The Rough Guide to Scotland

(5th Edition)

Average vote of 3
| 0 total contributions of which 0 reviews , 0 quotes , 0 images , 0 notes , 0 video
INTRODUCTION

Scotland not only defies description, it gets positively irritated by it. Clichéd images of the place abound – postcards of hairy Highland cows, tartan tins of shortbread, ranks of diamond-patterned golf jerseys… and they d

Scotland not only defies description, it gets positively irritated by it. Clichéd images of the place abound – postcards of hairy Highland cows, tartan tins of shortbread, ranks of diamond-patterned golf jerseys… and they drive many Scots to apoplexy. And yet Scotland has a habit of delivering on its classic images: ruined castles really do perch on just about every hilltop, in summer the glens inevitably turn purple with heather and, if you’re lucky, you just might bump into a formation of bagpipers marching down the village street on gala day.

Scotland is a difficult country, where Celtic hedonism intertwines, somehow, with stern Calvinism, where the losers of battles (and football games) are more romanticized than the winners. It’s often defined by its scenery – known to make poets weep, but half the time hidden under a pall of drizzly mist. The country’s major contribution to medieval warfare was the chaotic, blood-curdling charge of the half-naked Highlander, yet it’s civilized enough to have given the world steam power, the television and penicillin. Chefs from Paris to Prague rhapsodize over Scottish wild salmon and Aberdeen Angus steaks, even while the locals are tucking happily into another deep-fried supper of haggis and chips.

Naturally, the tourist industry tends to play up the heritage and play down the contemporary, but beyond the tartan lies a modern, dynamic nation. Oil and microprocessors now matter more to the Scottish economy than Harris tweed. Edinburgh still has its genteel Royal Mile, but just as many folk are drawn by its clubs and cappuccino culture, while out in the Hebrides, the locals are more likely to be teleworking via the internet than shearing sheep. The Highland huntin’ shootin’ fishin’ set are these days outnumbered by mountain bikers and wide-eyed whale-watchers. Much as folk bands are knocking out old tunes on electronic fiddles, reinvention of tradition has become a Scottish artform.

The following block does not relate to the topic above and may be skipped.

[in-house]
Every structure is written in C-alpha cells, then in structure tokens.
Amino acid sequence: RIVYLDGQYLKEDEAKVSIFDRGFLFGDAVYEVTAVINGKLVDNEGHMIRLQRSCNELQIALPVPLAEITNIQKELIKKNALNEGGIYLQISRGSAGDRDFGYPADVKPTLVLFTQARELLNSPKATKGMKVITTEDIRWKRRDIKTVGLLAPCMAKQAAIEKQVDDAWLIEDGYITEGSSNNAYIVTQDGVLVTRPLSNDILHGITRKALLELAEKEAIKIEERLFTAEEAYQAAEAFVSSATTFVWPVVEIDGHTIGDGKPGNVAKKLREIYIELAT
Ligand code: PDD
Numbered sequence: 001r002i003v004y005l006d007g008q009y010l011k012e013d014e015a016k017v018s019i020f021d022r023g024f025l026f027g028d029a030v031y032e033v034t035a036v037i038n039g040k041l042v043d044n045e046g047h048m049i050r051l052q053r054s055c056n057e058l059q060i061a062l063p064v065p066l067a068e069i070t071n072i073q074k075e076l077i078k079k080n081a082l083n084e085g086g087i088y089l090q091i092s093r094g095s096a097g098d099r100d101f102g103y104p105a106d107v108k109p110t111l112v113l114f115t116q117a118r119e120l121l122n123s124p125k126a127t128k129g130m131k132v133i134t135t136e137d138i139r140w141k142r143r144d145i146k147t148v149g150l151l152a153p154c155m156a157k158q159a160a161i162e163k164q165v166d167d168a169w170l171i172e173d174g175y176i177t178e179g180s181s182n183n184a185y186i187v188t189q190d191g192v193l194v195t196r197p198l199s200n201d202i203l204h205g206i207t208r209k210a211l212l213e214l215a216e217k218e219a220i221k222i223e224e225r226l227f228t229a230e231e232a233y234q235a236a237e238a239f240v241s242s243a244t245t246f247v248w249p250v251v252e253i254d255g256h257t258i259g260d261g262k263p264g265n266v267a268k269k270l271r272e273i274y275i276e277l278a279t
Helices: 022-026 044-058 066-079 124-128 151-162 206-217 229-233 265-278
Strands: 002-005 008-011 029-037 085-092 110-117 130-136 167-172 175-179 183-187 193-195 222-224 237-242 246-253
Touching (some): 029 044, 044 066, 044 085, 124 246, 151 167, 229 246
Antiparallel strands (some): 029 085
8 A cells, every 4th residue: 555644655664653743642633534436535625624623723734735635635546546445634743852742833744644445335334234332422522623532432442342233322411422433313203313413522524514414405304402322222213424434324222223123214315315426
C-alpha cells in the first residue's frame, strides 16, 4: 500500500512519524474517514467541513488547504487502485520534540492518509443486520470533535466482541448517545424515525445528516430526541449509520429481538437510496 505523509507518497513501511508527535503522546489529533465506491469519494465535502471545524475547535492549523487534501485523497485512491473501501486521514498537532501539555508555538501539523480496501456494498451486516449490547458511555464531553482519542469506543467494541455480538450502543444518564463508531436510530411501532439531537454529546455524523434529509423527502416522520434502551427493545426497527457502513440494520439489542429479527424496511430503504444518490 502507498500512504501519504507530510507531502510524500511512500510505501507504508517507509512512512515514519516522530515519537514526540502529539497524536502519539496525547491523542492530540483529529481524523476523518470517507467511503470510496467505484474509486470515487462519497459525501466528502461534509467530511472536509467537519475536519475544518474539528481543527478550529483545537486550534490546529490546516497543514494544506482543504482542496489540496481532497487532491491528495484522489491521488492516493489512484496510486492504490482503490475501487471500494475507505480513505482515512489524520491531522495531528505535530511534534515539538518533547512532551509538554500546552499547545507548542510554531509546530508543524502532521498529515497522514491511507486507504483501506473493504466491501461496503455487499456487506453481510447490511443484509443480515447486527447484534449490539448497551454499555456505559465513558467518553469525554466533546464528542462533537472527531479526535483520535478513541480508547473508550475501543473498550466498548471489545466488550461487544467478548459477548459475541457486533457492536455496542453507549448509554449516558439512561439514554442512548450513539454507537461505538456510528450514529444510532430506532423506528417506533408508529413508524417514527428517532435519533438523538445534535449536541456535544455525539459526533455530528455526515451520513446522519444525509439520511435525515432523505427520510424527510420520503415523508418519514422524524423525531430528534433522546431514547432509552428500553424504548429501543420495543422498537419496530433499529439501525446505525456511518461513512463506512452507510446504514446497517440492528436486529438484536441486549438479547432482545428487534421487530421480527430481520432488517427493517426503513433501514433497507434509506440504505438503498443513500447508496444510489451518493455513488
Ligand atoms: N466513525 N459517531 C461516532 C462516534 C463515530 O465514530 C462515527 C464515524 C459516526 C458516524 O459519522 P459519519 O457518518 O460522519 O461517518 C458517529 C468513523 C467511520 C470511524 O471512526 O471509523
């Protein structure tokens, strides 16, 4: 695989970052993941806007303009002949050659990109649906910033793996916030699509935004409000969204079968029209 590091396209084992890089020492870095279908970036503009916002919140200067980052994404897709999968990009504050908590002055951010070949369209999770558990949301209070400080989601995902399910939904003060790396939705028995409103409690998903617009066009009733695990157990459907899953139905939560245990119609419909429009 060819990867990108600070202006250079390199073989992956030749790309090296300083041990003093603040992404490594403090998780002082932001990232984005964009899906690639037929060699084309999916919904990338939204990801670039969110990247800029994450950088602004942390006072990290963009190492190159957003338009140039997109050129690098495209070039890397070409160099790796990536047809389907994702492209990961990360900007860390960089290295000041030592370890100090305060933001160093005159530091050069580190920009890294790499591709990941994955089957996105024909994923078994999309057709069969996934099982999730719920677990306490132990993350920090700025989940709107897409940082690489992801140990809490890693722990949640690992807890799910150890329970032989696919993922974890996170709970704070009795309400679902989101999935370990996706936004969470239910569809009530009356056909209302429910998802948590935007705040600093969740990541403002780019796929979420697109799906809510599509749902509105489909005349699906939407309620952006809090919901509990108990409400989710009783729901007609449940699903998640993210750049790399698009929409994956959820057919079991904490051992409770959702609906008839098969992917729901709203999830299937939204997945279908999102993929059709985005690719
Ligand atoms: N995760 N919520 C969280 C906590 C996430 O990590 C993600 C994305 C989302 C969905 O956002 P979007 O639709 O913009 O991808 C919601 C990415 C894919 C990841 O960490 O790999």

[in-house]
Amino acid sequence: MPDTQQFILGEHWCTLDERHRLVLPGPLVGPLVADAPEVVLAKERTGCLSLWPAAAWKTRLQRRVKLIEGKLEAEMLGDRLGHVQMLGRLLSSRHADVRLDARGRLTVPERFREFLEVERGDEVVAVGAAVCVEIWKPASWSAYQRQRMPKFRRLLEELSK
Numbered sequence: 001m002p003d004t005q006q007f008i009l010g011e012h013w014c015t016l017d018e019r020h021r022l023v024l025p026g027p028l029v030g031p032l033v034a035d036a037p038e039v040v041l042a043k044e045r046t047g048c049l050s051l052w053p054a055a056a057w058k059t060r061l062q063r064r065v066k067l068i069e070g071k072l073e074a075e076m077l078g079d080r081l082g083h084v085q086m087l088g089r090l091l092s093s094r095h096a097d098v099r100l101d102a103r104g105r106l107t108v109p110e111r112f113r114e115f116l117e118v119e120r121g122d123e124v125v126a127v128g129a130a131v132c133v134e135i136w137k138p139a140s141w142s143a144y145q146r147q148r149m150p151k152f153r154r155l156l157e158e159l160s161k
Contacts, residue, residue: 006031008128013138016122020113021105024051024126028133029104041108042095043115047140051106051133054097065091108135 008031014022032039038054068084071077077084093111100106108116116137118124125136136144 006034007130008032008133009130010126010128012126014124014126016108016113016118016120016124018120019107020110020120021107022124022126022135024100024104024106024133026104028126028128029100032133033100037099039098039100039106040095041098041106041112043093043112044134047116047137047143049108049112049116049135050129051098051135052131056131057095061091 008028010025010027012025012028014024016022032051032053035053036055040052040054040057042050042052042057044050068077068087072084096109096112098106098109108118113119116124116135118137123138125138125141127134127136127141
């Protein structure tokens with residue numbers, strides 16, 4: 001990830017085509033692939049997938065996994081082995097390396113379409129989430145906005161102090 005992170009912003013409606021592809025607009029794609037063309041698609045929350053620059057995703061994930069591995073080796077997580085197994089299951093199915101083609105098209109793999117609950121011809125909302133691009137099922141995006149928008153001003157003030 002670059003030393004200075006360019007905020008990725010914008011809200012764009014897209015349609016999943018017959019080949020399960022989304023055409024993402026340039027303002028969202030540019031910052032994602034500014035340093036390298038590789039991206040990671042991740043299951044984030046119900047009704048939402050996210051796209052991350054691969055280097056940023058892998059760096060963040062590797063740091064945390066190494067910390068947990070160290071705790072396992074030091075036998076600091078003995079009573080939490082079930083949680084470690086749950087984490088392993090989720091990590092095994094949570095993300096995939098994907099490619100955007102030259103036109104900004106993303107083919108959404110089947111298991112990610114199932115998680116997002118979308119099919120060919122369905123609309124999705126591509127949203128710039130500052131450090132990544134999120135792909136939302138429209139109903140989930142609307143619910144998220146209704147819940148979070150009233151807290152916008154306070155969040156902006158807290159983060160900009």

Stuck in the far northwest corner of Europe, Scotland is remote, but it’s not isolated. The inspiring emptiness of the wild northwest coast lies barely a couple of hours from Edinburgh and Glasgow, two of Britain’s most dense and intriguing urban centres. Ancient ties to Ireland, Scandinavia, France and the Netherlands mean that – compared with the English at least – Scots are pretty enthusiastic about the European Union. EU money has been poured into the infrastructure, particularly in the Highlands and Islands, funding numerous arts projects and sustaining the national identity. By contrast, Scotland’s relationship with the "auld enemy", England, remains as problematic as ever. Despite the new Scottish parliament established in Edinburgh in 1999, with its new-found power to shape Scottish life, many Scots still tend to view matters south of the border with a mixture of exaggerated disdain and well-hidden envy. Ask for a "full English breakfast" and you’ll quickly find yourself put right. Old prejudices die hard. ...Continua

- TIPS -
Nessun elemento trovato
Aggiungi per primo una recensione!

- TIPS -
Nessun elemento trovato
Aggiungi per primo una citazione!

- TIPS -
Nessun elemento trovato
Aggiungi per primo una immagine!

- TIPS -
Nessun elemento trovato
Aggiungi per primo una nota!

- TIPS -
Nessun elemento trovato
Aggiungi per primo un video!

Lorem Ipsum Color sit Amet
di Nome Autore
Lorem ipsum dolor sit amet, consectetur Suspendisse varius consequat feugiat.
Scheda libro
Aggiungi